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Grant Details

Grant Number: 5R03CA092678-02 Interpret this number
Primary Investigator: Sussman, Nancy
Organization: University Of Pittsburgh At Pittsburgh
Project Title: Gis-Based Exposure for Childhood Cancer Studies
Fiscal Year: 2002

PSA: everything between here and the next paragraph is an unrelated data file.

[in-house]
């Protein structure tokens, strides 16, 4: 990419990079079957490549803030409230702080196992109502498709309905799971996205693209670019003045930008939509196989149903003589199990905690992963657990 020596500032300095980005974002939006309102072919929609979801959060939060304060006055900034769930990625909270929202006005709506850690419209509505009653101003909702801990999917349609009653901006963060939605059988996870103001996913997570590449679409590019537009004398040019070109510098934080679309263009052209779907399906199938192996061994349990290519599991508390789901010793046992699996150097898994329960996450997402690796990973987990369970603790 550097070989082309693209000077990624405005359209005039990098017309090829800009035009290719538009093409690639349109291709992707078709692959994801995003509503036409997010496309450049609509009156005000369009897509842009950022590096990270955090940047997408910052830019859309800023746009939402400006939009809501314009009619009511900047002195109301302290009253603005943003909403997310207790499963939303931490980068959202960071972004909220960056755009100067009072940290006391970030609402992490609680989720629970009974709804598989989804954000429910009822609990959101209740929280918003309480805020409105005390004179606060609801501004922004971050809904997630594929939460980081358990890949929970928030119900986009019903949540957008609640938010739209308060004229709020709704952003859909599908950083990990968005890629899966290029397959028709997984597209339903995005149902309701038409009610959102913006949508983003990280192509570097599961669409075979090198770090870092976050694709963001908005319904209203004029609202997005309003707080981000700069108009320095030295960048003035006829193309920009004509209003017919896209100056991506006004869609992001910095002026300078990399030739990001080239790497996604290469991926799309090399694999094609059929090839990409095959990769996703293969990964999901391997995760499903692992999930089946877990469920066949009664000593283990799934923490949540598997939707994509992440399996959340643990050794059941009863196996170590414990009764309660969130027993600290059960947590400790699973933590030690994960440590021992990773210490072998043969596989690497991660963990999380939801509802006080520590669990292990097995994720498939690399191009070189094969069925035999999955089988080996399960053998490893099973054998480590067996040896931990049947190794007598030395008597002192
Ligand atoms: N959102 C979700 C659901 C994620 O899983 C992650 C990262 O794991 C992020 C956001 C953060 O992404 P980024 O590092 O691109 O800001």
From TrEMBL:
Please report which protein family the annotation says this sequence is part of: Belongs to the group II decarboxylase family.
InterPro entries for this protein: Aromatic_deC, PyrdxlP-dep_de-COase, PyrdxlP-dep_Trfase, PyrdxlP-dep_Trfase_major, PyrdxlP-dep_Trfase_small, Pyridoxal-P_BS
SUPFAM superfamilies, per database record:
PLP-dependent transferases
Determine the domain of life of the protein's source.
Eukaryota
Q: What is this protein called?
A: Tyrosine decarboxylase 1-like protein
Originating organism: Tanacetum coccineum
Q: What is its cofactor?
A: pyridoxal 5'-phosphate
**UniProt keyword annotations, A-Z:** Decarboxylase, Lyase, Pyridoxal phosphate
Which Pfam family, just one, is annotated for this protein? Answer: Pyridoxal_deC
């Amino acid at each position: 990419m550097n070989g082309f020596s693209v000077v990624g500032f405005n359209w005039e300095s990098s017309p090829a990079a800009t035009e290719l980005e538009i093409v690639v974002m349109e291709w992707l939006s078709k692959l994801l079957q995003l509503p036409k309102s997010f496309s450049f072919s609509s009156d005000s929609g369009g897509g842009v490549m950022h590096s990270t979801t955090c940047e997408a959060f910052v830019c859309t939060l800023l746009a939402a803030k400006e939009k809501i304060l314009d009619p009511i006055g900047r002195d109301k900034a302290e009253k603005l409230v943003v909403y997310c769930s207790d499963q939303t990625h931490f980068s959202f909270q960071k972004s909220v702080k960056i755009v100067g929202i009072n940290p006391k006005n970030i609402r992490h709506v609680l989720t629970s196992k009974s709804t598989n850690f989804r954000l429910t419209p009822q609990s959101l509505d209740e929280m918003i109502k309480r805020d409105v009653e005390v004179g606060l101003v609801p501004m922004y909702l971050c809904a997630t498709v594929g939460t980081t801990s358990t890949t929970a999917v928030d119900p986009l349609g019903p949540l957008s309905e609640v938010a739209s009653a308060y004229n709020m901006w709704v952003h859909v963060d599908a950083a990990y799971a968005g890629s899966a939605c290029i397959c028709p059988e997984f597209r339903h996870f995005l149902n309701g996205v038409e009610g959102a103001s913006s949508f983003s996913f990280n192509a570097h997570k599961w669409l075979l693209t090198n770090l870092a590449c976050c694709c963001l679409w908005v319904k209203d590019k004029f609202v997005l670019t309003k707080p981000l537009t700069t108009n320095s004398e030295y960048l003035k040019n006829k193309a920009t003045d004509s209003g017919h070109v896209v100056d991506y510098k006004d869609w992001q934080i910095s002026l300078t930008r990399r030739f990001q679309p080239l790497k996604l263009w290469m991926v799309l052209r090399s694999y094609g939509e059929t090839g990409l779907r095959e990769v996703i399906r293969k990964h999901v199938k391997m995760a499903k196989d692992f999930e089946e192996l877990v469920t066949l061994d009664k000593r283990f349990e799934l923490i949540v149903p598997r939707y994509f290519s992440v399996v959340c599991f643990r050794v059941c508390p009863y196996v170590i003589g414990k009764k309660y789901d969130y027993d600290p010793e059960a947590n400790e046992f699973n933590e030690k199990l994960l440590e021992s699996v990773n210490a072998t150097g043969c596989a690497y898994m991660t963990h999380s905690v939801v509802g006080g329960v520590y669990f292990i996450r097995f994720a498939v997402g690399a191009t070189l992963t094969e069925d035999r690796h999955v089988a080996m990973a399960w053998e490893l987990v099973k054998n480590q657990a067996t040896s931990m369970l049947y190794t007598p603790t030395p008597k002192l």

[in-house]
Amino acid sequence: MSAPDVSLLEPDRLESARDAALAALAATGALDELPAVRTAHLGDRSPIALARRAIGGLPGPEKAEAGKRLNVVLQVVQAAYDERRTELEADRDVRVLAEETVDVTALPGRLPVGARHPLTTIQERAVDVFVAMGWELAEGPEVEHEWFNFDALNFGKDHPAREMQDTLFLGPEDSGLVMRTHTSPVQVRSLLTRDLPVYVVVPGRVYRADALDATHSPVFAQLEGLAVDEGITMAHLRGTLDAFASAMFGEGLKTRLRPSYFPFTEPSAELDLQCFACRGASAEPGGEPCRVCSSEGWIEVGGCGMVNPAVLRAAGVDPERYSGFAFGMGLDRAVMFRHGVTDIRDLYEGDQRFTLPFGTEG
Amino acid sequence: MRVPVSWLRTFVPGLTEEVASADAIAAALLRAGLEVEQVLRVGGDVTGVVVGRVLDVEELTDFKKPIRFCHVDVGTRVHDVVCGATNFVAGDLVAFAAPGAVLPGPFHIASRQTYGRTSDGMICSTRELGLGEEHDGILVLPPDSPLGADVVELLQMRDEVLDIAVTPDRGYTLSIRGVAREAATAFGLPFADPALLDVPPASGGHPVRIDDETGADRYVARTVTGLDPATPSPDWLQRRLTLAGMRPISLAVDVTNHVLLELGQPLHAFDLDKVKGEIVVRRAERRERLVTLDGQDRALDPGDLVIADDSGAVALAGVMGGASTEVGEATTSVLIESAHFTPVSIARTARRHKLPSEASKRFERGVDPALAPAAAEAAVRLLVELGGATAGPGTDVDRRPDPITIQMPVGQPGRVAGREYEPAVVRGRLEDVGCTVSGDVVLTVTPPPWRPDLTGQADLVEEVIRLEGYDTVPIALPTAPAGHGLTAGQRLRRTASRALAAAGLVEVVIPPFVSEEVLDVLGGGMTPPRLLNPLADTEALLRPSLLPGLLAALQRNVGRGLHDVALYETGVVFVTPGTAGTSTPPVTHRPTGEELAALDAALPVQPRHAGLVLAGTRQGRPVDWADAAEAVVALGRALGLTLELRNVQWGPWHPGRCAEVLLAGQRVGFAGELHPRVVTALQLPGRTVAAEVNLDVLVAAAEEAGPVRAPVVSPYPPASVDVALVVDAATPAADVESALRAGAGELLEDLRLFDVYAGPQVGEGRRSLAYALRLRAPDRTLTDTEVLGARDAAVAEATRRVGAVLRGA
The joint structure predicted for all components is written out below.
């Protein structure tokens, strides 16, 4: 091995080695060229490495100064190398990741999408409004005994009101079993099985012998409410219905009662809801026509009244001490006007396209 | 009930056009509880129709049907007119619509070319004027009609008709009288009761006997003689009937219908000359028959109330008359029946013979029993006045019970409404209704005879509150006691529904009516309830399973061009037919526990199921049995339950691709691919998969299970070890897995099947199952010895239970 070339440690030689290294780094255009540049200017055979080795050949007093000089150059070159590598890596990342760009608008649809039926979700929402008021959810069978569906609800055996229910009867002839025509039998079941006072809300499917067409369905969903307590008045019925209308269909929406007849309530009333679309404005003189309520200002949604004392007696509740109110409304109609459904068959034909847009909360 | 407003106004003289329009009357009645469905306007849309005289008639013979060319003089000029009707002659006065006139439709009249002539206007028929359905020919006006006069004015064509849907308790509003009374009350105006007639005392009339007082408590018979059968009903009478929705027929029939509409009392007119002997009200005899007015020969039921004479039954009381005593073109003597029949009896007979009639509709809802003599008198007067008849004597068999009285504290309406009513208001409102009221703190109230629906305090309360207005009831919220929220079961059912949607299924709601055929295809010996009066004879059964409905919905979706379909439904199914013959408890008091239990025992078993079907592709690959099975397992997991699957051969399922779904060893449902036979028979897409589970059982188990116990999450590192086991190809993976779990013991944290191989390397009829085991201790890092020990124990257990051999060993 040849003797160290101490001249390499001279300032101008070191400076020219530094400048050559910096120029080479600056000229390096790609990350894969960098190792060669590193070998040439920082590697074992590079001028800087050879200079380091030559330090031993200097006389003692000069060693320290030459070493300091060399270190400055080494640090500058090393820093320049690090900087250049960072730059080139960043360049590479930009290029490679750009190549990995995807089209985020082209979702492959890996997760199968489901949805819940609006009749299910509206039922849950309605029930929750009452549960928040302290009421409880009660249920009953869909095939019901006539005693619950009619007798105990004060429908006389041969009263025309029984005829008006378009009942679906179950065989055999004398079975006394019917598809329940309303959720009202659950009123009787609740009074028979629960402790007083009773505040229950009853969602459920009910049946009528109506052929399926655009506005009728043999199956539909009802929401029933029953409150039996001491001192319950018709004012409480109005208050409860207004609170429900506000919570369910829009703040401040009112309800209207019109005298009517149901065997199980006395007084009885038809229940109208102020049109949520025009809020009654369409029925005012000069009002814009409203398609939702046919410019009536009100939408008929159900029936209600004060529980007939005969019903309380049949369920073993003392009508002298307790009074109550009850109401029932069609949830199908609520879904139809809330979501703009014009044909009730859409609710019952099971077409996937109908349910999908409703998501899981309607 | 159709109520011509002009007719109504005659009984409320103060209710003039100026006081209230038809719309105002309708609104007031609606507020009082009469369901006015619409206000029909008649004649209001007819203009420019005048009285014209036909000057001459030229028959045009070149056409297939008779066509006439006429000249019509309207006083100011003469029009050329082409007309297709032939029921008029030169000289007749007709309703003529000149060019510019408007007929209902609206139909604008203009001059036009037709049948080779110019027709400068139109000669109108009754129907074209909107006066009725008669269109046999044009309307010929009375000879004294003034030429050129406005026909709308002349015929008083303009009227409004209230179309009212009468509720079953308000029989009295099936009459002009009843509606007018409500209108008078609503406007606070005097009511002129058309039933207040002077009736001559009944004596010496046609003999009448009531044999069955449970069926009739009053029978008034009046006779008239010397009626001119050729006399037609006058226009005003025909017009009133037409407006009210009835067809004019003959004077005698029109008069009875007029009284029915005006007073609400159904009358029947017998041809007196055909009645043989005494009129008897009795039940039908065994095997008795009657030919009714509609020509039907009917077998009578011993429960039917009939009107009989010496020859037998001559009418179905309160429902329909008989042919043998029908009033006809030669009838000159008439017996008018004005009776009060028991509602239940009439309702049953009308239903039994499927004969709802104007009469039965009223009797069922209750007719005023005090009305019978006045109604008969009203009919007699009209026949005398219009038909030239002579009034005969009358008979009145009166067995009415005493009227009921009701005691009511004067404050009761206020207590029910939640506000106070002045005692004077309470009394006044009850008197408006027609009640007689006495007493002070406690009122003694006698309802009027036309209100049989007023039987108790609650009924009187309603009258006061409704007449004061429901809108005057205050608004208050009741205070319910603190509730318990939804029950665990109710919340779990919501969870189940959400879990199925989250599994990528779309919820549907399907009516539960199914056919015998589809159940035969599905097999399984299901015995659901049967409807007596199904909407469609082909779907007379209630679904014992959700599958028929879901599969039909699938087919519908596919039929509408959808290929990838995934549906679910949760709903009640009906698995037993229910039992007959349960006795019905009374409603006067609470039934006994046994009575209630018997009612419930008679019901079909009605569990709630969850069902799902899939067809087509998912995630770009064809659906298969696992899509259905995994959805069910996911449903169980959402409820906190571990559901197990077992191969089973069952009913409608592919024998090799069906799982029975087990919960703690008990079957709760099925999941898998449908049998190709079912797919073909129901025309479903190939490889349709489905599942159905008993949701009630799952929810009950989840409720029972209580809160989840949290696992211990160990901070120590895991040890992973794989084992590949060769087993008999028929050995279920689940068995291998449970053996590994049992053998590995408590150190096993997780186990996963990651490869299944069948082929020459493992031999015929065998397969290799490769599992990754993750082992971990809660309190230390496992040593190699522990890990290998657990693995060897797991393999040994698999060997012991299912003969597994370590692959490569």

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DESCRIPTION (provided by applicant): The overall objectives of the proposed research are (1) to refine models of potential exposures for use in environmental epidemiology that are derived from Geographical Information Systems (GIS) and (2) to assess the feasibility of application of the novel exposure indices to a case-control study of childhood cancers in the Southwestern Pennsylvania region. The proposed research will be accomplished under the following specific aims: (1) a GIS-based, index of potential exposure from hazardous sources will be refined for use in new and ongoing environmental epidemiology studies. The novel approach uses directionally-dependent wind rose frequencies and wind velocity in various combinations with toxic emission quantities, emission toxicities and frequencies to calculate an index of potential exposure from hazardous sources. (2) The potential exposure indices will be calculated for administrative regions (census tracts and blocks) in Southwestern Pennsylvania and compared with the indices calculated for iso-density population centers and randomly distributed regions. (3) Stand -alone algorithms will be created for use with GIS databases centered on other regions of interest identified using the GIS-based Atlas of Cancer. (4) A concurrent feasibility study for childhood cancer in a six-county region of Southwestern Pennsylvania will be performed. This portion of the study will determine the accessibility of relevant information for hospital-based cases and controls in the six-county region and develop the necessary mechanisms for mounting a full-scale case-control study using the novel potential exposure indices. The GIS-derived potential exposure indices derived in this research can be geographically referenced for use in GIS-based health studies in general and also directly linked with the coordinates of individual cases and controls in specific studies of disease. When the exposure estimates are coupled with geographically-reference health data, such as published in the Atlas of Cancer, this will crate an effective tool for (1) screening studies linking environmental exposures with disease and (2) providing a relative exposure measure for individuals in case-control studies of disease. Overall, the simplified potential exposure indices will improve both environmental epidemiological studies and the monitoring for purposes of disease control.

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